• A steady diet of refined carbohydrates has been proven to be linked to many preventable, serious health issues including: metabolic syndrome, pre-diabetes, Type 2 diabetes, high blood pressure, obesity, inflammation, fatty liver, high cholesterol, digestive issues, heart and circulatory issues and even stroke.

• Sugar sweetened beverages, including soft drinks:

o Sugar sweetened beverages have no nutritional value and are generally a great contributor to weight gain and/or obesity as well as other health issues such as inflammation, fatty liver, insulin resistance and more.

o The Nurses Health Study followed 84,085 women for 28 years (1980 to 2008), and the health professionals follow up study followed 43,371 men for 22 years (1986 to 2008).  These two studies indicated that greater consumption of sugar sweetened beverages and soft drinks were associated with a considerably higher risk of stroke.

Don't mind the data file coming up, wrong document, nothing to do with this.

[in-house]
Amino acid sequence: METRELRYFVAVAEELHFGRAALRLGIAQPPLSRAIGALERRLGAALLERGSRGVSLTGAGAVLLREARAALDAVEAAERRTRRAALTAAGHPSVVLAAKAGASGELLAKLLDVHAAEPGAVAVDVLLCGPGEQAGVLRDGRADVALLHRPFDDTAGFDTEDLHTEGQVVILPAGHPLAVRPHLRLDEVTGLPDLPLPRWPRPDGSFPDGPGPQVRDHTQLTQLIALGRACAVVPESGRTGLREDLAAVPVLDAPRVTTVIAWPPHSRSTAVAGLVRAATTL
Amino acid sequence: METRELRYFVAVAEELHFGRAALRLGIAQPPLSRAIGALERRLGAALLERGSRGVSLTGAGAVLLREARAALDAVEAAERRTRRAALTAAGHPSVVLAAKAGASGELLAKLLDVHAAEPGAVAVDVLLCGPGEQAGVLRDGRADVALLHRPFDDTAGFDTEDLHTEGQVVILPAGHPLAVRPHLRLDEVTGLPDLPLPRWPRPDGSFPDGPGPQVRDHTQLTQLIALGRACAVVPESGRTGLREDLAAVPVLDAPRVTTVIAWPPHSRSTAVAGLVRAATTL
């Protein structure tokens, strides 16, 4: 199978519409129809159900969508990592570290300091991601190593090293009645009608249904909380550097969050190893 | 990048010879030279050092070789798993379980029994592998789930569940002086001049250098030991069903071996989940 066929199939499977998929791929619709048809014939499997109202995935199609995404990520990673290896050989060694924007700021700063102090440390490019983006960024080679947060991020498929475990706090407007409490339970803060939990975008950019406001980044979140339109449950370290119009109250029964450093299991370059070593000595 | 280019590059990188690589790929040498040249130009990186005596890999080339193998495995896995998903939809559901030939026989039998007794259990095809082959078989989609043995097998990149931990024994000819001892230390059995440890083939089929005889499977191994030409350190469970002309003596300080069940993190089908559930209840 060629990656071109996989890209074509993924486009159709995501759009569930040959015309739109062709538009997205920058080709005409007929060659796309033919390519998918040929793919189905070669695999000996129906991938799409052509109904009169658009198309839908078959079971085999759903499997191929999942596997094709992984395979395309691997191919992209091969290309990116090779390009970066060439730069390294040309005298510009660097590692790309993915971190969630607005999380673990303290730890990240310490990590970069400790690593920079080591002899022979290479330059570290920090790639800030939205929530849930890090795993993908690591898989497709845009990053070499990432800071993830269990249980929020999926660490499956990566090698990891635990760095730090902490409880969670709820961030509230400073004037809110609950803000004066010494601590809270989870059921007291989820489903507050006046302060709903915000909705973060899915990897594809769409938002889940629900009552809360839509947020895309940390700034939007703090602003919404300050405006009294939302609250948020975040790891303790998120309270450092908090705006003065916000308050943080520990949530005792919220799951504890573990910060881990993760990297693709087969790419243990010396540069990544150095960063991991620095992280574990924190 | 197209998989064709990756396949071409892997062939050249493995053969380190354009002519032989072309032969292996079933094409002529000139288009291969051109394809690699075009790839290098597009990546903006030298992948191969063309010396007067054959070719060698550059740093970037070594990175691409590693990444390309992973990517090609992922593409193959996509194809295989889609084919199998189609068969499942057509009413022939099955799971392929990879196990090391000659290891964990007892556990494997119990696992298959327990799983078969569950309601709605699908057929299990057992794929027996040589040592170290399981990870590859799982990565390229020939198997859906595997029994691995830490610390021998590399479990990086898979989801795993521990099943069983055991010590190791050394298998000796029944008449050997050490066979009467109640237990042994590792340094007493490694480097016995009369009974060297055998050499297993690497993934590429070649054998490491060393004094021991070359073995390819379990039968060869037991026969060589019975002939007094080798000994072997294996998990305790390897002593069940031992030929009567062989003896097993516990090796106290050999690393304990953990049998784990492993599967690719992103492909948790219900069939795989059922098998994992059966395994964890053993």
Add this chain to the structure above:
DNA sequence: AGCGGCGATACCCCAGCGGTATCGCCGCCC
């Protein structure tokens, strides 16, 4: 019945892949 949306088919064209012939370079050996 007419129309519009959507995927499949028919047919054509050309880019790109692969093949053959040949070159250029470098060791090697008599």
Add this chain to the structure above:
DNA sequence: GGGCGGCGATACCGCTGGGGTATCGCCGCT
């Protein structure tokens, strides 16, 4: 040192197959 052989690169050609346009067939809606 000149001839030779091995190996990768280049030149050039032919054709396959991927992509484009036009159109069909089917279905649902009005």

Fiber:

• Having more fiber in your daily diet has been shown to help reduce blood pressure, control blood glucose levels, reduce triglycerides and LDL (bad) cholesterol.

• Increasing dietary fiber slows down the body’s absorption of blood sugar, keeps blood sugar balanced, and keeps you feeling satisfied (less hungry) between meals.

• Fiber is also highly beneficial for the digestive system, particularly the elimination of the toxins and the body’s waste products.

Fruits and vegetables:

• Fruits and vegetables provide a healthy source of dietary fiber and a wide range of vitamins, minerals, phytonutrients and antioxidants that are beneficial to overall health, including the cardiovascular system and the brain.

• Vegetables and fruits contain plenty of nutritionally dense, healthy carbohydrates, which supply your body with energy. In fact, your body is designed to use these healthy, nutrient rich carbohydrates as its main energy source.

• A study of 257,551 individuals (followed for 13 years) indicated that consuming more than 5 servings of fruits and vegetables daily was associated with a lower risk of stroke than consuming less than three servings of fruits and vegetables daily.